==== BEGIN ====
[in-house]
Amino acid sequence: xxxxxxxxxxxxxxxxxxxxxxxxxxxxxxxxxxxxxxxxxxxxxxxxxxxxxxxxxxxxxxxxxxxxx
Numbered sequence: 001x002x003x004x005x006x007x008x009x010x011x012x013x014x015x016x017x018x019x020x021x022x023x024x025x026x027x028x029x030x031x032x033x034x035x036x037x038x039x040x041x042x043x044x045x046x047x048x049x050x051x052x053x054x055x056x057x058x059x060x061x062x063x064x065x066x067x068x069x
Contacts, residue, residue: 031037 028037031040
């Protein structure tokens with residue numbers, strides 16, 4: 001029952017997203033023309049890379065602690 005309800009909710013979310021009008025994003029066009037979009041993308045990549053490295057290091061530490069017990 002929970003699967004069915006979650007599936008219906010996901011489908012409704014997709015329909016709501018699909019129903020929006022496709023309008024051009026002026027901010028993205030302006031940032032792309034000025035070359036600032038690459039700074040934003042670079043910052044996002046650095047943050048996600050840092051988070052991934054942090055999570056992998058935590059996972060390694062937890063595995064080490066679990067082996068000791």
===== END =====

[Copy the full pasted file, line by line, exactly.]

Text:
[in-house]
Amino acid sequence: xxxxxxxxxxxxxxxxxxxxxxxxxxxxxxxxxxxxxxxxxxxxxxxxxxxxxxxxxxxxxxxxxxxxx
Numbered sequence: 001x002x003x004x005x006x007x008x009x010x011x012x013x014x015x016x017x018x019x020x021x022x023x024x025x026x027x028x029x030x031x032x033x034x035x036x037x038x039x040x041x042x043x044x045x046x047x048x049x050x051x052x053x054x055x056x057x058x059x060x061x062x063x064x065x066x067x068x069x
Contacts, residue, residue: 031037 028037031040
């Protein structure tokens with residue numbers, strides 16, 4: 001029952017997203033023309049890379065602690 005309800009909710013979310021009008025994003029066009037979009041993308045990549053490295057290091061530490069017990 002929970003699967004069915006979650007599936008219906010996901011489908012409704014997709015329909016709501018699909019129903020929006022496709023309008024051009026002026027901010028993205030302006031940032032792309034000025035070359036600032038690459039700074040934003042670079043910052044996002046650095047943050048996600050840092051988070052991934054942090055999570056992998058935590059996972060390694062937890063595995064080490066679990067082996068000791």